Blog - São Paulo - Brasil

Tiempo de lectura: 10 minutos



Fundação Bienal presenta "Vento​" en Ciccillo Matarazzo Pavilion, Brasil

São Paulo, Brasil
14 noviembre, 2020 – 13 diciembre, 2020

As cultural venues in the city of São Paulo start to reopen, the Fundação Bienal presents the show Vento​ [Wind], from ​November 14 to December 13, 2020​, at the Ciccillo Matarazzo Pavilion as part of the program of the 34th Bienal de São Paulo – ​Though it’s dark, still I sing​. Timed with the exhibition opening, on November 13, at 6pm, a performance by artist Paulo Nazareth was held inside the Pavilion whilst the building remains closed to the public. The performance was livestreamed on the​ ​Bienal Instagram​. While holding this exhibition, the Fundação Bienal is rigorously following health and safety protocols established for the local cultural sector. Access to the show will be free and open to all but advance booking will be strictly required.

Departing from concepts such as that of “relations”, the 34th Bienal adopted an innovative format by expanding itself in space—through partnerships with local and international cultural institutions—and in time—through the shows and actions held in the lead up to the central show, since February 2020. Even though the calendar of solo shows had been interrupted due to the Covid-19 pandemic, and the dynamics of the partner institutions network had been reprogrammed considering the exhibition calendar of each one of these venues, the guiding principles of this edition remain precise.

The newly conceived exhibition ​Vento​ points to an adjustment on the initially planned route—neither an interruption nor a complete new movement. While responding to the changes experienced by society as a whole, this adjustment is in tune with a curatorial project that, from the very beginning, proposed to be constantly open to public reflection, and, therefore, to be conceived as an open rehearsal.

For chief curator Jacopo Crivelli Visconti, “this exhibition functions as the index for this edition of the Bienal, in the sense that it points out some of the themes that will be expanded at the September 2021 exhibition, and at the same time refers to what has already happened, just as the index constitutes, in semiotics, a trail. Adjunct curator Paulo Miyada adds: «The project of this edition has always had the intention of showing the same works more than once, in different contexts and moments, to emphasize that nothing remains the same, neither the works of art, nor the public, nor the world around them. This movement is starting to materialize with this exhibition, it gains momentum with the shows held in the partner institutions which will be presented from now on, and will be completed by the making and unveiling of next year’s larger exhibition” (to take place between 4 September – 5 December 2021).

For José Olympio da Veiga Pereira, President of the Fundação Bienal de São Paulo, «the Bienal plays a substantial role in the cultural life of the city of São Paulo. During the period of stricter social isolation, we have intensified and diversified our digital programming, because we believe that contact with art is essential for society, especially in moments of crisis. We are now holding this exhibition and reopening the Pavilion with the same intention—that of creating opportunities for us to be together, in a safe way, around artworks that can help us process, individually and collectively, the unique moment we are living”.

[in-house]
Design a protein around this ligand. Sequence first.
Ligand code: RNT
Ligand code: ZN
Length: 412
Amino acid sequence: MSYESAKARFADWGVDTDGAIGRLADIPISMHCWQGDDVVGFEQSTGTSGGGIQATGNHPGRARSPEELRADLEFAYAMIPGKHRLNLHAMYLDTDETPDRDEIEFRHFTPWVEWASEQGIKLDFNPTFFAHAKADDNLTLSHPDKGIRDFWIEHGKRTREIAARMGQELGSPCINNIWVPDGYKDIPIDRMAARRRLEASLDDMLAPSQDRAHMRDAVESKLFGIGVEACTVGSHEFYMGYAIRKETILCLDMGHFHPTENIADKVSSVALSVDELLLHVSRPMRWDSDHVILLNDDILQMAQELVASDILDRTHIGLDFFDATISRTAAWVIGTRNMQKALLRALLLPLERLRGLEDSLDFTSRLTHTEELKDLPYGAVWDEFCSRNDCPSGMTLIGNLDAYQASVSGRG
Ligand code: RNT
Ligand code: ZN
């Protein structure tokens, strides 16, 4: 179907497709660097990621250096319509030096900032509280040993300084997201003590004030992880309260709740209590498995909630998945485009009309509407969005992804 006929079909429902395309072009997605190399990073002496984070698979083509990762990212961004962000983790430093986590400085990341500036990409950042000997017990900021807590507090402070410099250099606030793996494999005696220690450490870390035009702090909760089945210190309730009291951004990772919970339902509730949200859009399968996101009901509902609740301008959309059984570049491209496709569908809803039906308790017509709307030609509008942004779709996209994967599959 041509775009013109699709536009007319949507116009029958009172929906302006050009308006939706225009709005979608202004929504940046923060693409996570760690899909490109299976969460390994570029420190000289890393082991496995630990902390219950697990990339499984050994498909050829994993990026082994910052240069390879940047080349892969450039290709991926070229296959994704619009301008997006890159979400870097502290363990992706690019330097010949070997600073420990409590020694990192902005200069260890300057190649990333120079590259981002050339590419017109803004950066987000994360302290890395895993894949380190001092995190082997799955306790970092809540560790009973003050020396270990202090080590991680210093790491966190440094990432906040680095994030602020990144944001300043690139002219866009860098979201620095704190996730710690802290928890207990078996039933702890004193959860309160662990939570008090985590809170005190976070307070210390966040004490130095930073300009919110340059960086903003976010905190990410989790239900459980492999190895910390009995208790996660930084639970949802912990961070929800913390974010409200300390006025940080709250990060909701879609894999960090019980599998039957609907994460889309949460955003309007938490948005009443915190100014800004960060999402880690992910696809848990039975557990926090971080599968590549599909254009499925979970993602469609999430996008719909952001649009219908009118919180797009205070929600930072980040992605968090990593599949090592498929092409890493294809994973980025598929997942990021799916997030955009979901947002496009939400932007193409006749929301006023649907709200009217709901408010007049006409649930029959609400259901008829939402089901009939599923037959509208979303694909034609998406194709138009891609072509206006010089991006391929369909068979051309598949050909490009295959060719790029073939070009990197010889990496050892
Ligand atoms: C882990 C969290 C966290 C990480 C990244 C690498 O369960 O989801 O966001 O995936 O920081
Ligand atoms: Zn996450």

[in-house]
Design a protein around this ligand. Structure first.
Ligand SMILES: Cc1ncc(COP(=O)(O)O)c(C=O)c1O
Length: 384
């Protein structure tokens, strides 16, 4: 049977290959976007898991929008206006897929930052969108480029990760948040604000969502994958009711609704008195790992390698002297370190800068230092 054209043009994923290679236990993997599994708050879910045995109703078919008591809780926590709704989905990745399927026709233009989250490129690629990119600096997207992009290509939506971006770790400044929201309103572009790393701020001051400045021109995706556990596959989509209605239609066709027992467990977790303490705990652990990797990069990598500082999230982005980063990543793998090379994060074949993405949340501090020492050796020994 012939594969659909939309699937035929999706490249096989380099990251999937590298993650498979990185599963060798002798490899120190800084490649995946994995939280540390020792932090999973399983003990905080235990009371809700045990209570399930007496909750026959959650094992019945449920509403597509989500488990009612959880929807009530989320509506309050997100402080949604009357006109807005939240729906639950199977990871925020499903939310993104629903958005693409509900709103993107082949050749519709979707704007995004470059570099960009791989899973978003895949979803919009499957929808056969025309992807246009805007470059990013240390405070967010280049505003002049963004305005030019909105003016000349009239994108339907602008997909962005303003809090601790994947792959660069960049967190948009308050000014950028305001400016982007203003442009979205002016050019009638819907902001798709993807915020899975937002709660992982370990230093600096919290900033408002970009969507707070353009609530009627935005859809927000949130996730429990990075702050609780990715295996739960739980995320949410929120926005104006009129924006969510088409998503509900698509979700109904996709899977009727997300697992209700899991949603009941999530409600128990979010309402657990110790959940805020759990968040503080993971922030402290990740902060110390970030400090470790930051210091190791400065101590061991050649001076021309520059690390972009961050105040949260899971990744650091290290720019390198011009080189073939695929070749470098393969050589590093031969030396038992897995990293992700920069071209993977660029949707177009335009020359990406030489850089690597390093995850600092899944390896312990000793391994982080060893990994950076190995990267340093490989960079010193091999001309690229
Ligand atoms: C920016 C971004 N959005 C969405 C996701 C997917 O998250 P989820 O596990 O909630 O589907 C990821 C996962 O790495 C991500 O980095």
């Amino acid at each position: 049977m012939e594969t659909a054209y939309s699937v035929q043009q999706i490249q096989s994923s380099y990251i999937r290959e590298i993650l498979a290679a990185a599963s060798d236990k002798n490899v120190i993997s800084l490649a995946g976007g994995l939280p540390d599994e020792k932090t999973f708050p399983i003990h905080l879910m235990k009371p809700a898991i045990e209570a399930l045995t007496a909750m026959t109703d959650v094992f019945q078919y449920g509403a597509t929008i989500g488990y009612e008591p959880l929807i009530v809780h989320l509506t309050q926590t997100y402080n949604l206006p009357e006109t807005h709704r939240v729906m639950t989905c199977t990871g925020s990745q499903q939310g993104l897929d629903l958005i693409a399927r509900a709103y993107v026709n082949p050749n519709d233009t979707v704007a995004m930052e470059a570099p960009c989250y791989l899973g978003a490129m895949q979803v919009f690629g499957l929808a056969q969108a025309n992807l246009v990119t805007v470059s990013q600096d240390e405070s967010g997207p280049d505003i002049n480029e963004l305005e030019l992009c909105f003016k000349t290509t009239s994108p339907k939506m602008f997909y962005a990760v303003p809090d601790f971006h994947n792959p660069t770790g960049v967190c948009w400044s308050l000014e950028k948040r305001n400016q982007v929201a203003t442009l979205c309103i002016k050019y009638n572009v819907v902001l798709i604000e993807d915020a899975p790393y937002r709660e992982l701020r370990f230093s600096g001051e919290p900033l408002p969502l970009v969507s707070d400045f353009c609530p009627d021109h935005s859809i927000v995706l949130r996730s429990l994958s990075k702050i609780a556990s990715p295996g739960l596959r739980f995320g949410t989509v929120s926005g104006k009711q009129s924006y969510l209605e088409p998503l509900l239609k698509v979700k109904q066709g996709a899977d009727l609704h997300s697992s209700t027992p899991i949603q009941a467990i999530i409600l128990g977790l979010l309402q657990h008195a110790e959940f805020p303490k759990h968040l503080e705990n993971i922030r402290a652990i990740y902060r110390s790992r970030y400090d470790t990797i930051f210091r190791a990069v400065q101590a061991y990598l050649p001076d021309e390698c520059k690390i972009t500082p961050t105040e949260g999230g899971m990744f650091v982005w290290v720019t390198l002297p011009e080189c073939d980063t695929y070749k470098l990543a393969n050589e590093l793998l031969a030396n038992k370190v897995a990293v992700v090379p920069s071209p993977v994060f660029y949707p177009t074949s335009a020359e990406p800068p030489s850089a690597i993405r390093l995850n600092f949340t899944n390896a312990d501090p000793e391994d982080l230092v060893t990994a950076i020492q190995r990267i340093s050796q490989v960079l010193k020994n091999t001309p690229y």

Vento​ [Wind] features 21 artists.​ ​The 10 newly announced participants are:​ ​Alice Shintani (1971, São Paulo, Brazil), ​Ana Adamović ​(1974, Belgrade, Serbia), ​Eleonore Koch​ (1926-2018, Berlin, Germany), ​Gala Porras-Kim ​(1984, Bogotá, Colombia), ​Jacqueline Nova​ (1935-1975, Ghent, Belgium), ​Koki Tanaka​ (1975, Kyoto, Japan), ​Luisa Cunha​ (1949, Lisbon, Portugal), Melvin Moti (1977, Rotterdam, Netherlands), ​Musa Michelle Mattiuzzi​ (1983, São Paulo, Brazil) and ​Paulo Nazareth​ (multiple dates, Watu Nak, Vale do Rio Doce, Brazil).

The 11 participants of ​Vento​ already previously announced as participants of the 34th Bienal are: Antonio Dias ​(1944, Campina Grande, Brazil),​ Clara Ianni ​(1987, São Paulo, Brazil), ​Deana Lawson​ (1979, New York, USA), ​Edurne Rubio​ (1974, Burgos, Spain), ​Jaider Esbell ​(1979, Normandia, Brazil), ​Joan Jonas​ (1936, New York, USA), ​León Ferrari​ (1920-2013, Buenos Aires, Argentina), ​Neo Muyanga ​(1979, Johannesburg, South Africa), ​Regina Silveira ​(1939, Porto Alegre, Brazil), ​Ximena Garrido-Lecca​ (1980, Lima, Peru) and ​Yuko Mohri ​(1980, Kanagawa, Japan). Concurrently with ​Vento​ [Wind], works by Antonio Dias and Joan Jonas can also be seen at MAM SP and Estação Pinacoteca, respectively, in solo shows that integrate the institutional partnerships of the 34th Bienal.

Alongside the opening of new exhibition ​Vento​, six other new participants are also announced as part of the 34th Bienal digital programming to develop over the course of the following months: Jaune Quick-to-see​ (1940, Montana, USA), ​Lydia Ourahmane​ (1992, Saïda, Algeria), ​Naomi Rincon Gallardo​ (1979, North Carolina, USA), ​Sebastián Calfuqueo Aliste​ (1991, Santiago, Chile), ​Sung Tieu​ (1987, Vietnam) and ​Uýra Sodoma​ (1991, Santarém, Brazil). The 34th Bienal de São Paulo online program, substantially extended since the decision to postpone the larger group show until 2021, includes an array of supplements to the show. Examples of these supplements are: live streamed events, virtual studio visits and exhibition tours from different Bienal partner institutions, curatorial correspondences, and a six part series during which the curators of the 34th Bienal de São Paulo and the exhibition’s participants discuss the themes of the show.

About ​Vento ​[Wind]

The exhibition, which inaugurates the dynamics of organizing the works around ​statements​—select historical elements with dense stories that suggest multifaceted readings—, is titled after Joan Jonas’ film ​Wind​ (1968). In the film, the US artist recorded the efforts of a group of performers to execute a choreography on the beach of Long Island, New York, on one of the coldest days of 1968. According to Jacopo Crivelli Visconti, chief curator of the 34th Bienal, “the film not only portrays the performance, it portrays the wind: the role of the dancers, in this sense, is to make the wind visible. Sometimes it is necessary to put something into the void so that it reveals itself full of things we cannot touch or see. We had already decided to exhibit this work in the larger group show of the 34th Bienal (and the visitors will be able to re-encounter this piece next year), but now, in the context we are living in, it has gained new layers of possible reading and interpretation”.